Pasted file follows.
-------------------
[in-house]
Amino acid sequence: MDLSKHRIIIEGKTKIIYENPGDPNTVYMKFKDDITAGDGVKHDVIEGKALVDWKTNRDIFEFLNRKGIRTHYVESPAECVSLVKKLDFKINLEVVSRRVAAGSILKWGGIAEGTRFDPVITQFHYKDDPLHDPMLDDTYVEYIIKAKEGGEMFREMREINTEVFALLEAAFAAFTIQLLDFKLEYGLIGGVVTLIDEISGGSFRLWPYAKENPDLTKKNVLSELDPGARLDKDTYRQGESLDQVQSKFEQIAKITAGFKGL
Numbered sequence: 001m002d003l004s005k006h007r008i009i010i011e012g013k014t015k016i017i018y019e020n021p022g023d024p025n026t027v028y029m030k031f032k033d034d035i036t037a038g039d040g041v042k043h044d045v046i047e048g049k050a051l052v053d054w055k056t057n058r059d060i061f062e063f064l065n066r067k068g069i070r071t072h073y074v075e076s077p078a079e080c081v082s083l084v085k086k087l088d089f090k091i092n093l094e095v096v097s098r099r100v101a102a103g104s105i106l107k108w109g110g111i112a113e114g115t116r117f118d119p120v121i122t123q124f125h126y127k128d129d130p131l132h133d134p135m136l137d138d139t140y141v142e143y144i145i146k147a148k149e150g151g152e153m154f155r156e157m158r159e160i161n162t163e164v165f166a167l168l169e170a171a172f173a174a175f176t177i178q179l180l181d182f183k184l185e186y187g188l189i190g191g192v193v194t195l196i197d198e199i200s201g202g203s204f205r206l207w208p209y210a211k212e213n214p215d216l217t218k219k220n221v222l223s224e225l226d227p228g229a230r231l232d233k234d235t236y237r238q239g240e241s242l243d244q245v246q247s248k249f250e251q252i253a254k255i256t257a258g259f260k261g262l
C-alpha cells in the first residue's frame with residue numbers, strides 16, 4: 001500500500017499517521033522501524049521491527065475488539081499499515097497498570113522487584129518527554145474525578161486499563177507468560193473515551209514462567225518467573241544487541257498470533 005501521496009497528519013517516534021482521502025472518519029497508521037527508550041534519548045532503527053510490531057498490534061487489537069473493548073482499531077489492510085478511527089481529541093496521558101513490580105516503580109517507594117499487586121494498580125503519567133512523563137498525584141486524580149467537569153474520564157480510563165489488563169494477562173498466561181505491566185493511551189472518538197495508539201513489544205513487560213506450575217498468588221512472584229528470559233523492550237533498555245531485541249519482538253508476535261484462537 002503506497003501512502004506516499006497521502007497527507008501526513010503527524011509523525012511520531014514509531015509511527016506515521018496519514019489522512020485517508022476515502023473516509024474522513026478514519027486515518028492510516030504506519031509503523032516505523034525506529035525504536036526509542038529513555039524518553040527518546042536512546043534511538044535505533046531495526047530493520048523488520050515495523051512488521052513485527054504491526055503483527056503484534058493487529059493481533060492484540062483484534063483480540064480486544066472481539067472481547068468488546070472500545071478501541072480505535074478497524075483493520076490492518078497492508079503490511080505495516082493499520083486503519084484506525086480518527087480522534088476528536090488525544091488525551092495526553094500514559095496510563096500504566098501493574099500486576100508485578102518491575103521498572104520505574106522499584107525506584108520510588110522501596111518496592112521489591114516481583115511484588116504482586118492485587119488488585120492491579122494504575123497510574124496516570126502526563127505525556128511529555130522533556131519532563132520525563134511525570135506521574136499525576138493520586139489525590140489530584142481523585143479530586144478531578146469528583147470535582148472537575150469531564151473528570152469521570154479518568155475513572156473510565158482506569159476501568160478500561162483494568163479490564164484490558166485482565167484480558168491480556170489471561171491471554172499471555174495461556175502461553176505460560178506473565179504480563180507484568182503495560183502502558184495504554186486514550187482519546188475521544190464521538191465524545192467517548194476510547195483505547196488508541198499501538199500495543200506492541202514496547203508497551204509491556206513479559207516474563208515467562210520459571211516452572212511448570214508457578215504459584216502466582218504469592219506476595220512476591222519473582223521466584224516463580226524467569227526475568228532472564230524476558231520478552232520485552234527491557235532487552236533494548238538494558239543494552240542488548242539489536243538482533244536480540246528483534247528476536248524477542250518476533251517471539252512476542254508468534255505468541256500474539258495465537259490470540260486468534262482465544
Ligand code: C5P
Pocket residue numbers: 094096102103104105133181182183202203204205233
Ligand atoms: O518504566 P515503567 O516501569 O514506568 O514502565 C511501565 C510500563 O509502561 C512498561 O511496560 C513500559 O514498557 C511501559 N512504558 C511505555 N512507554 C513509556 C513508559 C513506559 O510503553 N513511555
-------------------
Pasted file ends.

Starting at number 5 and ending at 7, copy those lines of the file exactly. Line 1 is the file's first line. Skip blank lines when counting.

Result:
Ligand code: C5P
Pocket residue numbers: 094096102103104105133181182183202203204205233
Ligand atoms: O518504566 P515503567 O516501569 O514506568 O514502565 C511501565 C510500563 O509502561 C512498561 O511496560 C513500559 O514498557 C511501559 N512504558 C511505555 N512507554 C513509556 C513508559 C513506559 O510503553 N513511555